>     interaction, as well as text, images, and sounds that convey
>     information to the end-user.  based on definition in "Essential
>     Components of Web Accessibility"      <http://www.w3.org/WAI/intro/components>
>   * functional - performing or able to perform an action in response
>     to user input. [based on Merriam Webster's Medical Dictionary entry]
>   * non-text content - content that is not represented by a Unicode
>     character or sequence of Unicode characters
>         o functional non-text content - content (information including
>           markup, code, images, etc) that is capable of performing an
>           action in response to user input and is not represented by a
>           Unicode character or sequence of Unicode characters.
>If these terms are defined in these ways (or something similar) then  
>non-text content includes:
>  1. "widgets" that are created by attaching an event handler to an image
>  2. groups of widgets that form a Web application or a flash application.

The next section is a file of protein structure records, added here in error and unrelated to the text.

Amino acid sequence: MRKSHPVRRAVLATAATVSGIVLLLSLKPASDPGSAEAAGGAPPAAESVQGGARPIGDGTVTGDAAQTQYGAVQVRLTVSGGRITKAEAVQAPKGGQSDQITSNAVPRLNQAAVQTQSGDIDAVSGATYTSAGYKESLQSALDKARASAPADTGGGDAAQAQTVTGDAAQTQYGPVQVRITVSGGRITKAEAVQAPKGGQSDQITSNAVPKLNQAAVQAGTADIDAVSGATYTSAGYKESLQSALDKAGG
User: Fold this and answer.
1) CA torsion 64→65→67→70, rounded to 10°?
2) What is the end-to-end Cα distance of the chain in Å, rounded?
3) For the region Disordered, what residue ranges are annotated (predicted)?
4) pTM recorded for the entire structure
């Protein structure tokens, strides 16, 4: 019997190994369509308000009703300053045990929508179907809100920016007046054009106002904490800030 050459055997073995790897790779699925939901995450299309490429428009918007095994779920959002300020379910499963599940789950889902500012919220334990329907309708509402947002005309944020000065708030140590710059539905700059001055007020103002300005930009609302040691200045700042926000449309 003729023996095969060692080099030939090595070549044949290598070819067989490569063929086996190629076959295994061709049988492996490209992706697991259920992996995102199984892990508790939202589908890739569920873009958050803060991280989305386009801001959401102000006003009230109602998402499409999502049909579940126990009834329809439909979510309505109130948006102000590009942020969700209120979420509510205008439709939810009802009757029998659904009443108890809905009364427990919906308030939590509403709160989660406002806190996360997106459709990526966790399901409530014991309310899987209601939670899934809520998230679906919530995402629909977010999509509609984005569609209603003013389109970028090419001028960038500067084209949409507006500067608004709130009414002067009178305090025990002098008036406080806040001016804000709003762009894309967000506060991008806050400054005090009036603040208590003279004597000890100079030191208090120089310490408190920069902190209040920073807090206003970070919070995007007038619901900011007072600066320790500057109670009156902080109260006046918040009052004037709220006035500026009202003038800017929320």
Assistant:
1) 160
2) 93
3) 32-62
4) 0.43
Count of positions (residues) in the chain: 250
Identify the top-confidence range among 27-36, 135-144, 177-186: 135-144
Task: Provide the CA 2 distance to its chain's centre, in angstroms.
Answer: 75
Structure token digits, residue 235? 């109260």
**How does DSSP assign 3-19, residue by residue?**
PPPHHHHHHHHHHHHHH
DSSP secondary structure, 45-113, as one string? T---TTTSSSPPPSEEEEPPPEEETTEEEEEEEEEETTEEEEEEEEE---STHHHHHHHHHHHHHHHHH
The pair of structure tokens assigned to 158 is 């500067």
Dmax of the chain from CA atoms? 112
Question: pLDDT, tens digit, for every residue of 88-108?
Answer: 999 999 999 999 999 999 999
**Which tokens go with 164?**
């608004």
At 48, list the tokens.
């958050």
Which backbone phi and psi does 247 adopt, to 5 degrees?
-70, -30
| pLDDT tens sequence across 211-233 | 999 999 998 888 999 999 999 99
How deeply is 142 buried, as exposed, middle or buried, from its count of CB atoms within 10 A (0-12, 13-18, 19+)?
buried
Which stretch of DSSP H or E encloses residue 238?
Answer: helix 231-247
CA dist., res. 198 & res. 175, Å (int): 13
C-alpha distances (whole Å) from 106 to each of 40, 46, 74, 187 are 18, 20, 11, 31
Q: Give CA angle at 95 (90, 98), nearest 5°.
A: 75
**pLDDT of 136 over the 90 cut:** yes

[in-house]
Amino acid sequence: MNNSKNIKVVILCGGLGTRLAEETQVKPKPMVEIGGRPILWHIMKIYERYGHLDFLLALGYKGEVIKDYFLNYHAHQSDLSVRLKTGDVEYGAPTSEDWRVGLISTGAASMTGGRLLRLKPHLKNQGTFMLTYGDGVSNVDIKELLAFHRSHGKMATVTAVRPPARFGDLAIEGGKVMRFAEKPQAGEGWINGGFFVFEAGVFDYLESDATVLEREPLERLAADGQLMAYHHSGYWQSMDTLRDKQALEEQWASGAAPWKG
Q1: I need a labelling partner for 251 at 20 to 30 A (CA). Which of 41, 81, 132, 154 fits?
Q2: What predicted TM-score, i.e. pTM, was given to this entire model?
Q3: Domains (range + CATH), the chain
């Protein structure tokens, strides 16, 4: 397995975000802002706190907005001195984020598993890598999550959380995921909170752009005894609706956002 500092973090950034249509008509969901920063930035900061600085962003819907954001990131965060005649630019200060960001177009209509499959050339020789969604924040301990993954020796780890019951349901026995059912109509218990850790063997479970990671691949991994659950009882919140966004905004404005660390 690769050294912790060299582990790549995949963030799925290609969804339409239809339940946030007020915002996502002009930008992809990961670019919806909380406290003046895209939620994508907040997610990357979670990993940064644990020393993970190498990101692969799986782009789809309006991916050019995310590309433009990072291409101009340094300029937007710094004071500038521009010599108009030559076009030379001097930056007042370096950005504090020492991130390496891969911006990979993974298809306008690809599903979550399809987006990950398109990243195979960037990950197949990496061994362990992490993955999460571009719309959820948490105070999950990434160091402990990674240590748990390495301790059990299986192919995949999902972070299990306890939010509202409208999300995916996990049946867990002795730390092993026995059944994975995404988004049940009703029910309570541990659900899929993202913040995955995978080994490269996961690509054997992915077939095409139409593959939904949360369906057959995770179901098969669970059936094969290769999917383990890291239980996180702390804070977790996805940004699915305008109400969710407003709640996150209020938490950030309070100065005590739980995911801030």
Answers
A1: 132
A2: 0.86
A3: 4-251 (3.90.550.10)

>For example, the flickr "organize" application (see attached screen shot, description below).  If the author chooses a baseline that does not rely on flash, he or she will need to provide a label for the flash object (e.g., "Organize photos") as well as provide a non-flash alternative that allows the user to browse all photos, browse by date, view sets of photos, create a new set, view groups, and search for photos by tags (i.e., all of the functionality available via the flash app).  If the author chooses a baseline that relies on flash, he or she will need to provide a label for the flash object (e.g., "Organize photos") as well as ensure that all of the internal flash objects are accessible. These include:  browse tab, search tab, timeline object, create new set button, etc. In other words, each of the internal objects should be labeled according to guideline 1.1 and are keyboard accessible according to guideline 2.1.  [tee-hee - recursion.]